Once an atmosphere is detected on any of the TRAPPIST worlds, the next question to answer will be: what are they made of? This will see scientists' line of questioning shift from whether these planets have the potential to host life to whether or not they do host life.

This gets more complicated, involving in-depth measurements of the planets via a technique known as transit spectroscopy.

Essentially, scientists will use Webb to capture the light from TRAPPIST-1 whenever it passes through the atmospheres of the TRAPPIST exoplanets. If this light encounters any gases, like oxygen, carbon dioxide, water vapor, or methane, then this will leave a telltale trace in the starlight that Webb can detect.

"If you want to look for the kinds of biosignatures that we have on Earth, which is to say oxygen and ozone from plants and algae, that's a great biosignature because if you see it, it's less likely to be produced by-non biological processes," Domagal-Goldman said.

One problem with this is that if a planet's atmosphere is high in oxygen gas and ozone (ozone is atmospheric oxygen but with three oxygen atoms instead of two) the risk is that both of these will be "locked up below the cloud decks" making them harder to observe.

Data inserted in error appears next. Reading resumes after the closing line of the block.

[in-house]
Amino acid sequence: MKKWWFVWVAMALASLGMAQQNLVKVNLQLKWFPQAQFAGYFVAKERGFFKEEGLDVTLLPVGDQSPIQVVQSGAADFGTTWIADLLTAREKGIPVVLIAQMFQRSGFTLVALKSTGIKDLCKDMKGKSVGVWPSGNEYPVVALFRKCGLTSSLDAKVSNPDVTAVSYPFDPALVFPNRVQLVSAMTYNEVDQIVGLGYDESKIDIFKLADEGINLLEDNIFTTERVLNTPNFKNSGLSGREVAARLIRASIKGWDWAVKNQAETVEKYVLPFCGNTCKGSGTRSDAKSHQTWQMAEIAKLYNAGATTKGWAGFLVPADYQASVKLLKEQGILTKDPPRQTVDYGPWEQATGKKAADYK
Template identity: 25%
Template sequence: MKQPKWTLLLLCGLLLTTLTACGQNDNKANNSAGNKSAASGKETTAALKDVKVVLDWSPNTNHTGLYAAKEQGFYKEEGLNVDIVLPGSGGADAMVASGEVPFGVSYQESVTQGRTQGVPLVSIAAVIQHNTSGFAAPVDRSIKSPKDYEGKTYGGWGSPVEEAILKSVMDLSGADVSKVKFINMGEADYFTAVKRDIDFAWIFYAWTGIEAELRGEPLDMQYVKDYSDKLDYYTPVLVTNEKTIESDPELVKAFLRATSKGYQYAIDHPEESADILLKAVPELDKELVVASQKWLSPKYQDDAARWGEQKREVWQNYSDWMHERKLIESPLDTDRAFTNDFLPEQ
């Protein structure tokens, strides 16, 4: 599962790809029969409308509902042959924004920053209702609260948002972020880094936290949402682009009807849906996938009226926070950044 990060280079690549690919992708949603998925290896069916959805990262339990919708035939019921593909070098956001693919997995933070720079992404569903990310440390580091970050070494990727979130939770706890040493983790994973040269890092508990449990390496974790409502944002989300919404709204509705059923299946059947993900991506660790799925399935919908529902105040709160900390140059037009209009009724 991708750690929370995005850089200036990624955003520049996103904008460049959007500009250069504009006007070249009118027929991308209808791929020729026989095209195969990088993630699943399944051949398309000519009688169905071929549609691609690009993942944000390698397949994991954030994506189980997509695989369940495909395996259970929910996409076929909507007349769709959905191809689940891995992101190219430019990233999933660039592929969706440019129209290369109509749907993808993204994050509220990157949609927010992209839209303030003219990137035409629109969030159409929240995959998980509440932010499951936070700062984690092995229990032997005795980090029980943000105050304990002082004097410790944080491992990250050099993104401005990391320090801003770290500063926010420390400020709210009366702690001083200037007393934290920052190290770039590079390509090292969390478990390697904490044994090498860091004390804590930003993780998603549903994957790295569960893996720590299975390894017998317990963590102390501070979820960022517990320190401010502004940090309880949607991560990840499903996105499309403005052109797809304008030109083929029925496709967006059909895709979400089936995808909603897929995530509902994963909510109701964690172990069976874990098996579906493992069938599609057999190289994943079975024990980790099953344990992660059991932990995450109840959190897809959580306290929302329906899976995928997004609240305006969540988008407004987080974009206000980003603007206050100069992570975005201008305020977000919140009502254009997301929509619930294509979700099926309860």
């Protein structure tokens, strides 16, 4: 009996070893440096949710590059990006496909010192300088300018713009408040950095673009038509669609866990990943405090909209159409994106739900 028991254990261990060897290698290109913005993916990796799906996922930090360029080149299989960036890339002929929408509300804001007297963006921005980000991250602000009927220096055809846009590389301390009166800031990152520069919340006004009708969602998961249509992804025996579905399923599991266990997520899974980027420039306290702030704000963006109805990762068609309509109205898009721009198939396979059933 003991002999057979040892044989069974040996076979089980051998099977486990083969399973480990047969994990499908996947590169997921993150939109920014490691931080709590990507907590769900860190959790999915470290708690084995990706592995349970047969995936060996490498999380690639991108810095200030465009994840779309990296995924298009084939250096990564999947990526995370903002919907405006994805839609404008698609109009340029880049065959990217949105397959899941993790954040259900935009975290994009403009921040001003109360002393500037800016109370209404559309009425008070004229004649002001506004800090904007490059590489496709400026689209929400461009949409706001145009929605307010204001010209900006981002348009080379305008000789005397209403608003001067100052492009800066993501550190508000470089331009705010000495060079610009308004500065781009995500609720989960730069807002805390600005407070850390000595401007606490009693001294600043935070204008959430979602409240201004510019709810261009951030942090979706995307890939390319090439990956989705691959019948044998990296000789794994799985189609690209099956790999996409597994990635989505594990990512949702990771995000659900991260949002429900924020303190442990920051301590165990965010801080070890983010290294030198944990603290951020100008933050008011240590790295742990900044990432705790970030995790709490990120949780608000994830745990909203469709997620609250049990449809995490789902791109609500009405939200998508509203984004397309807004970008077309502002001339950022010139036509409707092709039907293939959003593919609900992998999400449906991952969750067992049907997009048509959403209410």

"If we're talking about a habitable planet making lots of oxygen, we're talking about global ocean, and you're gonna have a hydrological cycle and cloud decks. If you have cloud decks, it's going to basically block the lower atmosphere where all that oxygen is sitting," Domagal-Goldman said.

Fortunately, there's another gas that can also be a telltale sign of life: methane, a gas that is known to be produced by living organisms. So much so that scientists have been working to try and stop cows belching so much of it out, since methane is a strong greenhouse gas.

The presence of methane in another world is especially exciting if that methane is mixed together with other gases that should drown it out.

"If you see the methane in the context of these other gases that are destroying the methane, and you know those other gases are also being replenished. That's an indicator that the methane is not just there, but it's being reproduced super rapidly," said Domagal-Goldman.

"If you know that the methane is being destroyed rapidly, it has to be replenished rapidly and that rapid replenishment is the biosignature."

It's uncertain when a breakthrough discovery about the TRAPPIST-1 planets can be expected, but with an estimated 20 years ahead of it, Webb has plenty of time to look.

"If you asked me before the TRAPPIST-1 worlds were discovered eight years ago if JWST was going to be doing any science on this class of worlds I would have said it's possible, but I would have tempered my enthusiasm because it would have required a darn near perfect telescope and darn near perfect targets," Domagal-Goldman said.

"We now know that Webb is now acting darn near perfectly. And when we found the TRAPPIST worlds those were the darn near perfect targets."

"For exploration of potentially habitable worlds, the question of whether the TRAPPIST planets in the habitable zone have atmospheres is the most important scientific question or observation that anyone's going to be doing, with JWST or any other facility, probably for the next five or 10 years," he said.